In Vivo Mechanical Function of the Distal Radial Ulnar Ligaments During Rotation of the Wrist.
PURPOSE: The purpose of this study was to investigate changes in length of the volar and dorsal radioulnar ligaments (VRULs and DRULs), and the distal radioulnar joint (DRUJ) space during unweighted and weighted rotation of the wrist using magnetic resonance imaging and biplanar fluoroscopy. METHODS: Fourteen wrists in 7 normal adult volunteers were imaged to define the 3-dimensional geometry of the DRUJ and the insertion sites of the superficial and deep bundles of the VRULs and DRULs. Subjects were imaged at 10 positions of forearm rotation ranging from full pronation to full supination, with or without a 5-pound weight. Lengths of the superficial and deep VRUL and DRUL bundles and DRUJ space were measured (in millimeters) at each position to evaluate ligament function and DRUJ stability. RESULTS: In the unweighted and weighted trials, maximal elongation of both deep and superficial VRUL bundles occurred in supination and maximal lengths of the deep and superficial DRUL bundles occurred in pronation. Maximum DRUJ space occurred during pronation and a minimum occurred in 30° of supination. In weighted trials, there was a significant increase in deep and superficial VRUL bundle length at positions between 30° of pronation and 30° of supination; however, there was no effect of weight on DRULs length. In weighted trials, there was a significant increase in DRUJ space at positions between full pronation and 15° of supination. CONCLUSIONS: This study demonstrates elongation of the VRULs in supination and the DRULs in pronation. There was no evidence of reciprocal loading of superficial/deep ligament bundles on either the dorsal or the volar aspects of the DRUJ. The effect of loading the wrist during rotation was apparent primarily in the VRULs, but not the DRULs. The DRUJ space was lowest at approximately 30° of supination. CLINICAL RELEVANCE: These results add information to the literature regarding the complicated biomechanics of the triangular fibrocartilage complex and DRUJ. Future work should evaluate changes in biomechanics caused by triangular fibrocartilage complex tears to determine how tear severity and location relate to clinical symptoms.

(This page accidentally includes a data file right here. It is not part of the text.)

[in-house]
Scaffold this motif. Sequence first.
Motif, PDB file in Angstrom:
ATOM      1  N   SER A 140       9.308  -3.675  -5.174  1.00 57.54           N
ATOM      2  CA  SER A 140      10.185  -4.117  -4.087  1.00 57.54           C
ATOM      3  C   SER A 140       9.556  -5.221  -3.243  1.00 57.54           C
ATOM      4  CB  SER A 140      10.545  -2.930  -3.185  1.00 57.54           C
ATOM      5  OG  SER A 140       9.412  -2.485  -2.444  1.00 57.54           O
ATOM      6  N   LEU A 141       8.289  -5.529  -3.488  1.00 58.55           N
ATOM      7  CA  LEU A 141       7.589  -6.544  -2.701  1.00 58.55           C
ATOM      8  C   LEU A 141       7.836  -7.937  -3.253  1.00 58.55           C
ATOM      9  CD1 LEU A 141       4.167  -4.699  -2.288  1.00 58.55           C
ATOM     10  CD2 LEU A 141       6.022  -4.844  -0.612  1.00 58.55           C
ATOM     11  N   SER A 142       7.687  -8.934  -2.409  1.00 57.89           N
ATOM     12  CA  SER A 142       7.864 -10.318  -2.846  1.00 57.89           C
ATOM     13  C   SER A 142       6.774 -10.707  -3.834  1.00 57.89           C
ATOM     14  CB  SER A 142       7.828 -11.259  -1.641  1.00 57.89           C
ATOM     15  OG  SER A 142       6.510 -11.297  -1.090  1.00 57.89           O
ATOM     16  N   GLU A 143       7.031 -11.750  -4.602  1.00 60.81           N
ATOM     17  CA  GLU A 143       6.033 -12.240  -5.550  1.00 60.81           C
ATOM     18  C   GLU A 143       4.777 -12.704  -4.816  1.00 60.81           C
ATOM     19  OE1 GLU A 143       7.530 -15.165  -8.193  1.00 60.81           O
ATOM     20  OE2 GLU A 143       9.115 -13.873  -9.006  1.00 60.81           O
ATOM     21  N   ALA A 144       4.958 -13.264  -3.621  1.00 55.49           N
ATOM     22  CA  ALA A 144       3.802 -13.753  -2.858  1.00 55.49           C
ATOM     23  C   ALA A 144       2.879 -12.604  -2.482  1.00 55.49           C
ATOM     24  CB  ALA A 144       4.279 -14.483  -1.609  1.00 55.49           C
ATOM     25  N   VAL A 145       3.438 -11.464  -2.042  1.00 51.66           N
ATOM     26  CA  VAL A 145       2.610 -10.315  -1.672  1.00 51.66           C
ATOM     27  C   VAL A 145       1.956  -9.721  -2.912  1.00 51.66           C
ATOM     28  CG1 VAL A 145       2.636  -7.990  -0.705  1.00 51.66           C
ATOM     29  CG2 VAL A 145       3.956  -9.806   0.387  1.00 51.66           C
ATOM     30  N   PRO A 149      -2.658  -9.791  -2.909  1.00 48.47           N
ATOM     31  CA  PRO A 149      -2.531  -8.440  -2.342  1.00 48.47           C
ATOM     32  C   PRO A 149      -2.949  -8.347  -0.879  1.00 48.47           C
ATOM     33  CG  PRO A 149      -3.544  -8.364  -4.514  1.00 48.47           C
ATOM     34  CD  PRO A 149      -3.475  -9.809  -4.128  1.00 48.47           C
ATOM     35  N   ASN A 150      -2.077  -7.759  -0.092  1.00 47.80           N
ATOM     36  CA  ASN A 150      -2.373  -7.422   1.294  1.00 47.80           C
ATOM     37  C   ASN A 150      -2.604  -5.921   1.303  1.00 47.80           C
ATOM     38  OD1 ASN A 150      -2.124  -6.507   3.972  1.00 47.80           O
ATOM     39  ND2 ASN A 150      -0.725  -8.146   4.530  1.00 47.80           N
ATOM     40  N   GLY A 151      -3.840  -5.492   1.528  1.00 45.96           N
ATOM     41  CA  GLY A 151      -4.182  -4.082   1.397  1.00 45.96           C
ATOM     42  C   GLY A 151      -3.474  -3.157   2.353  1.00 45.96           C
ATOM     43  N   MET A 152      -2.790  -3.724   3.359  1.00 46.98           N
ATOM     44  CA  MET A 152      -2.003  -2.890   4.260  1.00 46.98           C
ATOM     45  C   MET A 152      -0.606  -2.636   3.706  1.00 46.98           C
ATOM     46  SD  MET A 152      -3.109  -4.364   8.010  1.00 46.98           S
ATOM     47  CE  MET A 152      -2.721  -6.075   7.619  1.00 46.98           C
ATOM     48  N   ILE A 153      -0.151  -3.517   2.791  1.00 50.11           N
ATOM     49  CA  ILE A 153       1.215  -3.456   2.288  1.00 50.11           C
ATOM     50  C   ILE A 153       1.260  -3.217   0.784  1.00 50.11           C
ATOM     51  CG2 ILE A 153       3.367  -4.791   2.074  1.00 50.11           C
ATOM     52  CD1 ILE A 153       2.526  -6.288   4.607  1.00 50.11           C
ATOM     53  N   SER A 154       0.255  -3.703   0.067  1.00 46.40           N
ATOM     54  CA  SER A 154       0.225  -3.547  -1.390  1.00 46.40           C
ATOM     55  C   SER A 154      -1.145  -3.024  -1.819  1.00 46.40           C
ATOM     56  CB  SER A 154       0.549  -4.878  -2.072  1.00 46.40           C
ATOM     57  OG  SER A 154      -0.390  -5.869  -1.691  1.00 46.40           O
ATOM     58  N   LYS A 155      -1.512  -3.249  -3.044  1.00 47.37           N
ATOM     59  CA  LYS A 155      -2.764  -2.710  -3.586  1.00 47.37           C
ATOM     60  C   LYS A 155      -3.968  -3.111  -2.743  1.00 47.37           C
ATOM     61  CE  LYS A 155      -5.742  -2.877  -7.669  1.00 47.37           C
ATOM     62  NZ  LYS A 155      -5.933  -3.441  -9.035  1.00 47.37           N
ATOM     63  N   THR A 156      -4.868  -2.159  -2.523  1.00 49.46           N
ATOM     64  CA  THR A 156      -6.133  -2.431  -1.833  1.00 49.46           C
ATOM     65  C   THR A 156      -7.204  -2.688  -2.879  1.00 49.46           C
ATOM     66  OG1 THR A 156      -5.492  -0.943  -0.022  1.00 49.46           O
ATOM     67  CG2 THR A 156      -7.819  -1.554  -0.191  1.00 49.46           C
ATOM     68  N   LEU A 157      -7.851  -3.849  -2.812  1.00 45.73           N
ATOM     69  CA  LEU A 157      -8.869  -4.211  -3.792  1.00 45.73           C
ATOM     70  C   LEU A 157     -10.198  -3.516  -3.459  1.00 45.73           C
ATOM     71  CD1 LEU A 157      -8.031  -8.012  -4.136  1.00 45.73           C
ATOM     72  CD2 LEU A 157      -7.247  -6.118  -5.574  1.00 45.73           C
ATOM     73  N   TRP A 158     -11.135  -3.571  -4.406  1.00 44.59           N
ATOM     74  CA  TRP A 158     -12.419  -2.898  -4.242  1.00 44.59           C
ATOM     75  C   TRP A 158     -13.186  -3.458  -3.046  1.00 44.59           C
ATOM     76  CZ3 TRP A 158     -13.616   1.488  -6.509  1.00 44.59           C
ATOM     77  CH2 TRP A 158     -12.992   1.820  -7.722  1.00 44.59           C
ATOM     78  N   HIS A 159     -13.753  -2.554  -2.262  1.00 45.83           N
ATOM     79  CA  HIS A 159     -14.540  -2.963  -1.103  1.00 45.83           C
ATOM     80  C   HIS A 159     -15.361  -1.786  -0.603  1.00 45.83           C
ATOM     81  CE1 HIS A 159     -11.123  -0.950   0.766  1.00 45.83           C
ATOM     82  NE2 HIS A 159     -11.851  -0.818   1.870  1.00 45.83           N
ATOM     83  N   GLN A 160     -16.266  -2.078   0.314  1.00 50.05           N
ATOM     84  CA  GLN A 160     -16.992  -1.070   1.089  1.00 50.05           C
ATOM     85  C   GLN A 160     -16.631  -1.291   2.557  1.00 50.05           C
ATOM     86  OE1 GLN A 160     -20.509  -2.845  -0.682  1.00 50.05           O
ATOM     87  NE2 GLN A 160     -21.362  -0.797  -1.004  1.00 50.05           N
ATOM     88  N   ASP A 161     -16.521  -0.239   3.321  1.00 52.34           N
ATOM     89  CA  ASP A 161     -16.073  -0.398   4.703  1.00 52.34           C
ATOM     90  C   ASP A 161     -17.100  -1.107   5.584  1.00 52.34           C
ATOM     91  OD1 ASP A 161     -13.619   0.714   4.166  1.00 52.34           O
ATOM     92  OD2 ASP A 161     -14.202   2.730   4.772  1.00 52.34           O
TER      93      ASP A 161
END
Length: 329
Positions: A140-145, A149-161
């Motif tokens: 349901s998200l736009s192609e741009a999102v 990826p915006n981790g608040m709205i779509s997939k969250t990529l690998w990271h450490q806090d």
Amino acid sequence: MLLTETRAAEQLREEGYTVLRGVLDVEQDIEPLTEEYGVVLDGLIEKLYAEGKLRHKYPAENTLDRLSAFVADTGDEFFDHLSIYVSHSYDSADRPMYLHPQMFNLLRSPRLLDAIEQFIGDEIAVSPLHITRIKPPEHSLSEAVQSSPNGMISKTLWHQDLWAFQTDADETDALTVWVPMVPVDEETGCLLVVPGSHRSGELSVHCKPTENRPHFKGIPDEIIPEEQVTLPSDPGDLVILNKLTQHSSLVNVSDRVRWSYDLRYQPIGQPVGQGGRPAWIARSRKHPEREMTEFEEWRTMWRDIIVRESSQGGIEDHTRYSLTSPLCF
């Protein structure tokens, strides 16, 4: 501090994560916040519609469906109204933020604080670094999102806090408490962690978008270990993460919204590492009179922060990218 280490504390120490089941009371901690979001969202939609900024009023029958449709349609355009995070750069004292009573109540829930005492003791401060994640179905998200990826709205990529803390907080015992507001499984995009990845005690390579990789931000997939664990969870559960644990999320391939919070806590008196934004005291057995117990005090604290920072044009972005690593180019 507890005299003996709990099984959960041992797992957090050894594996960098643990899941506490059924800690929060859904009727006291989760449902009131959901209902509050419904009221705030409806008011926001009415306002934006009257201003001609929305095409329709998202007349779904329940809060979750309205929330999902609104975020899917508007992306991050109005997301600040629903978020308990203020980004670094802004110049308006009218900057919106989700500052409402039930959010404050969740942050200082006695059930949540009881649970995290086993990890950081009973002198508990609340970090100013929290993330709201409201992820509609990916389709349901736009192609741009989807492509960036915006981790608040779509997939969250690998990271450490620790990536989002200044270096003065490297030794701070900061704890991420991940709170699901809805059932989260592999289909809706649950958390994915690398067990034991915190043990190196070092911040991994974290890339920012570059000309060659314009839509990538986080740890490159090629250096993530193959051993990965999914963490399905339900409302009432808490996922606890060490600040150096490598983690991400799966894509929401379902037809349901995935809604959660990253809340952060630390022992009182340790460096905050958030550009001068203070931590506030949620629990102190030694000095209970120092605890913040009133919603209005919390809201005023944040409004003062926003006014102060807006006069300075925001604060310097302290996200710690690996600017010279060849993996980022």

Crowe, MM; Martin, JT; Grier, AJ; Spritzer, CE; Richard, MJ; Ruch, DS
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